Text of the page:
Female pharmacist counting prescription medication

Empowering pharmacists: Technology and automation companies offer operational solutions for pharmacies

Determined to lighten pharmacists’ workload so they can focus more on patient care, tech and automation companies are amplifying their products and services.
Sandra Levy
Senior Editor
Sandra Levy profile picture

Call it the year of the pharmacist.

Never have pharmacists’ roles been more expansive, more complex or more visible to patients. While the pandemic pummeled numerous businesses, pharmacies thrived by stepping up and filling the void.  

While continuing to face mounting pressures from crushing DIR fees, low reimbursement and the requirement to quickly fill a high volume of prescriptions, pharmacists also are providing a host of clinical services, including COVID-19 testing, immunizations, point-of-care testing, medication therapy counseling, preventive care and prescribing medications in many states where they recently have been granted authorization.

“During COVID, the capacity to automate as many workflows as possible became absolutely critical, as pharmacists became clinical care providers and front-line workers nearly overnight."
— Jean Boutin, president and founder, SynMed technology

When asked, automation and technology companies concur that amid the pandemic, patients have become increasingly reliant on pharmacists to provide a vast array of clinical services, even as pharmacists have been under increased pressure to be more efficient. 

[Read more: EnlivenHealth adds vaccine scheduling, reporting tool to CareScheduler]

Determined to lighten pharmacists’ workload so they can focus more on patients, technology and automation companies are amplifying their products and services. 

Many technology companies are helping pharmacies address the critical responsibility of adherence, which has become more challenging for pharmacists amid the pandemic.

For example, Irving, Texas-based McKesson stepped up to the plate with its Adherence Performance Solution and Clinical Programs Solution to help pharmacies identify non-adherent patients and patients at risk of becoming non-adherent. The APSCP is built into the workflow of its EnterpriseRx pharmacy management system.

John Beardsley, McKesson senior vice president of corporate strategy and business development, said that the solution provides a means to document and manage patient care. It also alerts the pharmacist to have meaningful counseling sessions to evaluate reasons for nonadherence as well as opportunities to improve patient outcomes.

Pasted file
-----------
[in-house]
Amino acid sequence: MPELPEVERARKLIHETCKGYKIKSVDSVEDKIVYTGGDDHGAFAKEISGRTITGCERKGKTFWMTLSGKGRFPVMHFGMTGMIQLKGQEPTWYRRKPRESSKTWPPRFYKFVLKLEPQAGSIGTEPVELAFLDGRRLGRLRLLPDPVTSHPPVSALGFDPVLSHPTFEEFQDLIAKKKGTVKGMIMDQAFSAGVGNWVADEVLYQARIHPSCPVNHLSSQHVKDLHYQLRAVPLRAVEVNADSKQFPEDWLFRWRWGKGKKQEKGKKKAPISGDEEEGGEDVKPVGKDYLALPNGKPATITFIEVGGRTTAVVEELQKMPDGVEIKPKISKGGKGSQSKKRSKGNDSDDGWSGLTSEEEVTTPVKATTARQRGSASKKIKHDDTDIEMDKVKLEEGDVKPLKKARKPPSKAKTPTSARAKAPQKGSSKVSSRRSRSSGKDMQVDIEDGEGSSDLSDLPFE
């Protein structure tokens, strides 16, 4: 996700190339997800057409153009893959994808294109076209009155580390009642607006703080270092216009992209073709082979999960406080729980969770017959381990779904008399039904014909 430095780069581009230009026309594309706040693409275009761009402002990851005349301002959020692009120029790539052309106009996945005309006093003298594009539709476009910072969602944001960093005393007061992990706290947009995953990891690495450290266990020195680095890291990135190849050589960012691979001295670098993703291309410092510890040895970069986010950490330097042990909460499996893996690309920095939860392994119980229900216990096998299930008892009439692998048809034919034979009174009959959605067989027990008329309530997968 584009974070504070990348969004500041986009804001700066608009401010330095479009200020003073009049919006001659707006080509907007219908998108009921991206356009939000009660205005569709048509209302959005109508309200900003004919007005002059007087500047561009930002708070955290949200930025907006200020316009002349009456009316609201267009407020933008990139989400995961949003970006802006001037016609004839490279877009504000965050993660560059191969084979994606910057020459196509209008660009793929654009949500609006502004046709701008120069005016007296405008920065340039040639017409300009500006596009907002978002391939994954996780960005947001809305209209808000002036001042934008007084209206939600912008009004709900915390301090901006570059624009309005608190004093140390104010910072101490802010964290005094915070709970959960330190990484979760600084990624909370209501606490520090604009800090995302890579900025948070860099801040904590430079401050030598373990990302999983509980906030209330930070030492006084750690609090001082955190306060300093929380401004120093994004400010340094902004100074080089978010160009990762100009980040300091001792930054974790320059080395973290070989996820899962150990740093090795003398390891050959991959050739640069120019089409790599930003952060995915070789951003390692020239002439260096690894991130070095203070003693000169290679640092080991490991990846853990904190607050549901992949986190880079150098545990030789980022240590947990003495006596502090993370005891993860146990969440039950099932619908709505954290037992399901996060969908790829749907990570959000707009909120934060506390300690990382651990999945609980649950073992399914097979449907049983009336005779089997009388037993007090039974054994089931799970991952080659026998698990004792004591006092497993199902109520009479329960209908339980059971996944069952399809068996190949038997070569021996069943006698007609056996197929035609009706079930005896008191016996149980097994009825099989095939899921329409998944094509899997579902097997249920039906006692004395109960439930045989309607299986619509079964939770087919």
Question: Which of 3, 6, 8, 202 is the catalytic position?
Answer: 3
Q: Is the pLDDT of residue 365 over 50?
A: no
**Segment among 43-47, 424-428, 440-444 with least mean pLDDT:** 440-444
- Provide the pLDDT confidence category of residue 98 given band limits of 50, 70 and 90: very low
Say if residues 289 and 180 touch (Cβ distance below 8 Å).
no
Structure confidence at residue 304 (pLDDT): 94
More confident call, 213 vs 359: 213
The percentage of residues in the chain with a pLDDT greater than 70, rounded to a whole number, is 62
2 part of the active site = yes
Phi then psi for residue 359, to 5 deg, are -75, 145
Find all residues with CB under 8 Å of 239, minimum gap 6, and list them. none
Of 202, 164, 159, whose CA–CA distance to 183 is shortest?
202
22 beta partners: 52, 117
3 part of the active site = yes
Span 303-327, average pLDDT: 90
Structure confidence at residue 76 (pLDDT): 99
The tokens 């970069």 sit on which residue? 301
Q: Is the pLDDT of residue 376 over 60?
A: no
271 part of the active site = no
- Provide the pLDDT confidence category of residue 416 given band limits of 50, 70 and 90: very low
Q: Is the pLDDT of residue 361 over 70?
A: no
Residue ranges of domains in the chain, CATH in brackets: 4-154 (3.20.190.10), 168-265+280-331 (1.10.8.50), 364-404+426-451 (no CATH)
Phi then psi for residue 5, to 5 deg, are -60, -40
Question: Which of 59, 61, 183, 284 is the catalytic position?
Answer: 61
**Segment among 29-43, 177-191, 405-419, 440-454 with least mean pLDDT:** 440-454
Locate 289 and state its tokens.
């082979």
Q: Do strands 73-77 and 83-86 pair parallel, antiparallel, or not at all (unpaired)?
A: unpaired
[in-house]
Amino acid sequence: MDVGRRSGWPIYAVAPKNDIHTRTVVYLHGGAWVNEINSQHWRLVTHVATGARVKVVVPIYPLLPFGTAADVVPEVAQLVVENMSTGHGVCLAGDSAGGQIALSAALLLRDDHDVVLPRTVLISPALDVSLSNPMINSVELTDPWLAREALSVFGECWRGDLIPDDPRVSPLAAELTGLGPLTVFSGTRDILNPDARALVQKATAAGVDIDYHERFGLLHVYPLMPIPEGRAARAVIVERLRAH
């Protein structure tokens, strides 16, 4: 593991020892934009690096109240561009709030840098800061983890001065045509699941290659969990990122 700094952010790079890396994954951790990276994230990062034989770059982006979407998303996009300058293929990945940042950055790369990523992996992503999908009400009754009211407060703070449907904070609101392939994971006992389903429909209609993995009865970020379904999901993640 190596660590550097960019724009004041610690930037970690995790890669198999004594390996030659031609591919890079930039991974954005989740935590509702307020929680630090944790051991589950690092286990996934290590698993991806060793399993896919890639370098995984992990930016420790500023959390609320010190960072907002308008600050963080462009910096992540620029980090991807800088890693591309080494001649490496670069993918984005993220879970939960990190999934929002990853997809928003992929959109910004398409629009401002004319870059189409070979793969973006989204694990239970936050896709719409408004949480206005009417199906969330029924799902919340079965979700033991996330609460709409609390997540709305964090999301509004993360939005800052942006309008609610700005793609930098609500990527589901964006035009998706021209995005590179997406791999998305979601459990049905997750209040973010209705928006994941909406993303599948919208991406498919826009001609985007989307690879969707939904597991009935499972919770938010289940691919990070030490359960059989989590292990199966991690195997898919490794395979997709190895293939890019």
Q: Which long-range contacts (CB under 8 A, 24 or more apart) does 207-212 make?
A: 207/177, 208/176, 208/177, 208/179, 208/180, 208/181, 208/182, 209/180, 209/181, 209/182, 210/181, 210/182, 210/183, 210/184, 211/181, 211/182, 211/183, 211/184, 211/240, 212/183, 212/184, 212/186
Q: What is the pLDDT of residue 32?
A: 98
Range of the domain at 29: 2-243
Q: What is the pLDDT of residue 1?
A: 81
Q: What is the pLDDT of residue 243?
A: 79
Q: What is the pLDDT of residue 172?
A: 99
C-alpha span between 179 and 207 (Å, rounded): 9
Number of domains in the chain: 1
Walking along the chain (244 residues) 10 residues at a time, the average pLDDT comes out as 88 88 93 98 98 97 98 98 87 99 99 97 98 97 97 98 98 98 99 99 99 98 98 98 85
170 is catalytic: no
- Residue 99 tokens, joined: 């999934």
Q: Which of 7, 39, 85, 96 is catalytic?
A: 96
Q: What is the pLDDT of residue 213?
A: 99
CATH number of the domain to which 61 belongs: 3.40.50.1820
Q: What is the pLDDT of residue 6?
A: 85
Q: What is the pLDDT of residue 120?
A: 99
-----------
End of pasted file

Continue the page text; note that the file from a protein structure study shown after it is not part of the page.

SynMed's Ultra
SynMed's robots are meant to support blister card adherence packaging. The SynMed Ultra can be operated by just two pharmacy technicians, doing the work of 17 people.

[Read more: iA unveils new suite of solutions to transform pharmacy]

“Often simple changes, such as adjusting the dosing regimen, synchronizing medication refills or offering delivery services can increase adherence,” Beardsley said, noting that McKesson also can help the pharmacy make it easier for a patient to take their drugs through automation of adherence packaging options, such as pill pouches and blister cards.

Quebec, Canada-based SynMed, a Parata company, also answered pharmacists’ call to be more efficient while delivering patient care amid the pandemic.   

“During COVID, the capacity to automate as many workflows as possible became absolutely critical, as pharmacists became clinical care providers and front-line workers nearly overnight,” said Jean Boutin, president and founder of SynMed technology. “Automation is a time-saver and a lifesaver. Both institutional caregivers, as well as our seniors who favor staying healthy at home, are looking for practical solutions that facilitate adherence to their therapeutic treatments,” he said, noting that the need for these solutions only became greater with COVID, and keeping this population safe became critical to preventing the spread of illness and supporting vaccine initiatives.  

SynMed’s automation portfolio consists of SynMed XF, SynMed Ultra and SynMed Assist, which are designed to support blister card adherence programs.

[Read more: Surescripts survey: COVID-19 accelerated tech usage, but there is room for growth]

The XF, which is the smaller footprint of the two packing robots, has an output of 30-plus blister cards per hour and requires only one technician for its operation. The Ultra is designed for high-volume pharmacy operations and can produce 180 single dose cards, or 90 multidose cards per hour. “Only two technicians are needed to do the packing work of 17 staff members over the course of a 40-hour week,” Boutin said. 

The SynMed Assist works both for smaller pharmacies that want to increase the output and efficiency of hand packing blister cards, or as a supplemental assist for exception meds not stored in the XF or Ultra robots like half tabs and cytotoxics. 

Boutin pointed out that automating adherence packaging helps pharmacies maintain adherence programs with minimal staff, freeing up valuable in-person time for vaccines and consults. It also provides a service that safely manages medications for vulnerable populations that need to remain at home. “Another benefit is that less time handling recurring fill requests from both patients and caregivers means more personnel available for consults and vaccine delivery,” he said. 

Adding Efficiency
When it comes to enabling pharmacists to provide more clinical services, automation solutions have become more important than ever.

KNAPP's ATD-L1P high-speed pill counter
KNAPP's automation solutions include the ATD-L1P high-speed pill counter, designed to help count fast-moving drugs in a mail-order or central-fill environment.

[Read more: Parata acquires Synergy Medical]